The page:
This study has found that octopuses, one of the most intelligent sea creatures, throw punches at other fish.
New research has revealed that octopuses often throw punches when they’re hunting alongside other fish.
The eight-legged cephalopods are known to hunt collaboratively with groupers (large-mouthed, heavy-bodied fish) and coral reef species as a tactical move which proves mutually beneficial.
According to the study published on Ecology, these collaborative hunts can take more than an hour to complete. Octopuses will sweep the rocks and coral crevices, while the bottom-feeding species scour the seafloor and other fish stand guard.
Sometimes these intelligent sea creatures will lash out over prey, but other times it’s out of pure spite.
“The octopus performs a swift, explosive motion with one arm directed at a specific fish partner, which we refer to as punching“ according to the. You’d think something which has nine brains would have a more civilised way of settling disputes!
“Octopuses and fishes are known to hunt together, taking advantage of the other's morphology and hunting strategy,” says Eduado Sampaio, author of the study, in a tweet. “Since multiple partners join, this creates a complex network where investment and pay-off can be unbalanced, giving rise to partner control mechanisms.”
This means that the octopus sees itself as the boss in these hunting groups. It will knock a fish to the side for a variety of reasons - the most obvious being to push it out of the way of prey.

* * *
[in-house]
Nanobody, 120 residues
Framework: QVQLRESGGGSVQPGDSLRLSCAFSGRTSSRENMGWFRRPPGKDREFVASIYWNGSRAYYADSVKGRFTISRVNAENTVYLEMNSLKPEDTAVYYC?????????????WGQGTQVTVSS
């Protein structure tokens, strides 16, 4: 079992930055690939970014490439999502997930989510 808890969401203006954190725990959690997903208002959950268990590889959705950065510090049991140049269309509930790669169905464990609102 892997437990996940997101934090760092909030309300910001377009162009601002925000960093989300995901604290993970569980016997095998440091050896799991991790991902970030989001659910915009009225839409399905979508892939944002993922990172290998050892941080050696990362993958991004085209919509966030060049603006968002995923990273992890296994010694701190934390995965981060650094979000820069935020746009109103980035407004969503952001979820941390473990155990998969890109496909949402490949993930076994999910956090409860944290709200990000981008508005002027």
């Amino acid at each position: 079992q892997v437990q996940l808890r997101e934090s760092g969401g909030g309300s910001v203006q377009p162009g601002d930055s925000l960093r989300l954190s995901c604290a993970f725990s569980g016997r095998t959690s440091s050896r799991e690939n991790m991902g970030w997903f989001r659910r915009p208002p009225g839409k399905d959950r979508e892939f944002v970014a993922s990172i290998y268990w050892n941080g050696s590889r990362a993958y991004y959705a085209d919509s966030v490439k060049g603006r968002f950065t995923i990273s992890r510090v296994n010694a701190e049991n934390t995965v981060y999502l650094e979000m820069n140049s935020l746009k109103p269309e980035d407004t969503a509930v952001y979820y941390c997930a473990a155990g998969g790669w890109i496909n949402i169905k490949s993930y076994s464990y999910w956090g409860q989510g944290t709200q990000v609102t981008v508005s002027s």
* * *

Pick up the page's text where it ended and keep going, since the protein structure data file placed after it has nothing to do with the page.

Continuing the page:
In other interactions recorded, octopuses would punch the fish to essentially put them in their place and promote “collaborative behaviour in the following interactions”. But sometimes, the study found it to be just “spiteful behaviour” when there wasn’t anything to be immediately gained from doing this.
What do octopuses eat?
Octopuses generally eat shrimp, crab and lobsters as well as fish. Larger Octopus varieties have even been known to take on small sharks. Well, now that we know they can handle themselves, that doesn’t surprise us.
It’s not just fish who can get it in the neck either. According to The Scientific American, captive octopuses have been known to recognise individual humans and form a dislike for them - squirting them with a jetstream of water if they do. And at an aquarium in University of Otago in New Zealand, the captive octopuses had even learned to use their water spraying abilities to turn off the lights.
It’s clear that throwing punches is an extra addition to the list of weird and wonderful facts about this blue-blooded, two-hearted sea creature.